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Let’s be more aware, take stock and celebrate best practice – Dr Geraldine Strathdee

NHS England’s National Clinical Director for Mental Health marks the start of Mental Health Awareness Week with a look at how messages are getting across:

While the nation has been swept up in the drama of the election, backstage the NHS has continued with business as usual.

And so this week’s Mental Health Awareness Week #MHAW15 is a chance for us to reflect on how the growing awareness about mental health has reached the hearts and minds of millions and is influencing decision makers in many sectors of our society.

In the past year, the appetite for information about mental health has reached unprecedented levels. Every day, across the country and indeed the world, there are newspaper and magazine articles, radio and TV programmes, thought pieces, new facts and figures, and live narrative stories.

The thoughtful and compassionate nature of this very welcome media attention is a far cry from the past, where stories based on ignorance, fear, stigma, and misinformation was common. Today the public and media are increasingly sophisticated in their ‘awareness’ of the impacts on individuals, communities, wider society and healthcare.

Let me give you some examples of some of the most far reaching developments: first, people want to be more aware of their own mental health.

More and more individuals and parents want to understand and develop their own, and their children’s positive mental health and prevent illness developing.

One of the most popular website hits on Google is our NHS Choices mental health webpages, developed in response to the common questions people are asking, which include: ‘How do I develop my mental health? What influences make me the person I am? Can I work on building good mental health like I do for my physical health? Can I change my behaviours and thinking to make better choices about my lifestyle and relationships? Can I really be a better parent, sister, grandma, neighbour, and friend?’

Particularly popular are the self-assessment questionnaires on depression and anxiety. The appetite for learning and self-empowerment is growing almost as fast as the digital world can provide it!

Second, awareness that mental ill health can be prevented is finally landing!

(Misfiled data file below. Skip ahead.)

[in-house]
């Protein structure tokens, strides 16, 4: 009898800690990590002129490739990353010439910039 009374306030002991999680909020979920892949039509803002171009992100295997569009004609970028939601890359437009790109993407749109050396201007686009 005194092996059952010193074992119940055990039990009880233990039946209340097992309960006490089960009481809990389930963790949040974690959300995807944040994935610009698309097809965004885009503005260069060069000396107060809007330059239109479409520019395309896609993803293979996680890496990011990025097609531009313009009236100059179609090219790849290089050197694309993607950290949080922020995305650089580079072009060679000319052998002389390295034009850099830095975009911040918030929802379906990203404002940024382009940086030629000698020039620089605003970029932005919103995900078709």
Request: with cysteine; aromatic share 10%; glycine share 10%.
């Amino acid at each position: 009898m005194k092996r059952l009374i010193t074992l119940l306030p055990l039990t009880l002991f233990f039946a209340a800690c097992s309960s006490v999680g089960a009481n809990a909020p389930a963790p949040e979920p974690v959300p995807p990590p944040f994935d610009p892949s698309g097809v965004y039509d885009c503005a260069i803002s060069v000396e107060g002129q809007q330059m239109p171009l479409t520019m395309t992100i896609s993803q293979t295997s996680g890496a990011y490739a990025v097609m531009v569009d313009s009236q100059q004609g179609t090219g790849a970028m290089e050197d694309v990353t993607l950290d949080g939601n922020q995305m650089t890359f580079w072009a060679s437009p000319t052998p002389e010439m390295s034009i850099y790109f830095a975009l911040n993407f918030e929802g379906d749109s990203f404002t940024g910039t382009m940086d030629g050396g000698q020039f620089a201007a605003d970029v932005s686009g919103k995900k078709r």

As a clinician, it’s so often been heart breaking to read the referral letters to my services and see, over and over again, the same tragic stories, the many missed opportunities for prevention, and for the earlier recognition and treatments that would have totally changed the person’s life chances, and prevented their lifelong need for services.

The scientific developments from many disciplines and powerful patient narratives are leading to a growing international consensus on the causes, triggers and the ‘science’ of mental health. They have raised awareness about the complex interplay between a person’s genetics, biochemistry, brain development and formative life experiences.

The great myths of ignorance – that mental illness has no scientific basis, has no cost effective, evidence based effective treatments, and that all conditions are inevitably long term – have been debunked.

Seventy per cent of all mental illness starts in childhood and adolescence and before the age of 24, and local community leaders and decision makers now have major opportunities to prevent the impacts of adverse and causal early life experiences, and to ensure early intervention at the acute stages of illnesses. This thinking is changing lives.

Across the country we are seeing innovations in prevention with inputs from NHS England and its partners. Among these are: the movement for zero childhood physical, sexual and emotional abuse, and for support for parenting and relationship developments; schools with mental health awareness and resilience trained school nurses, form tutors and governors; creative use of the pupils premium to provide rapid access to effective support for pupils and their families; colleges and universities providing mindfulness and building resilience programmes; employers putting in place ‘win win’ productive healthy life places and much more.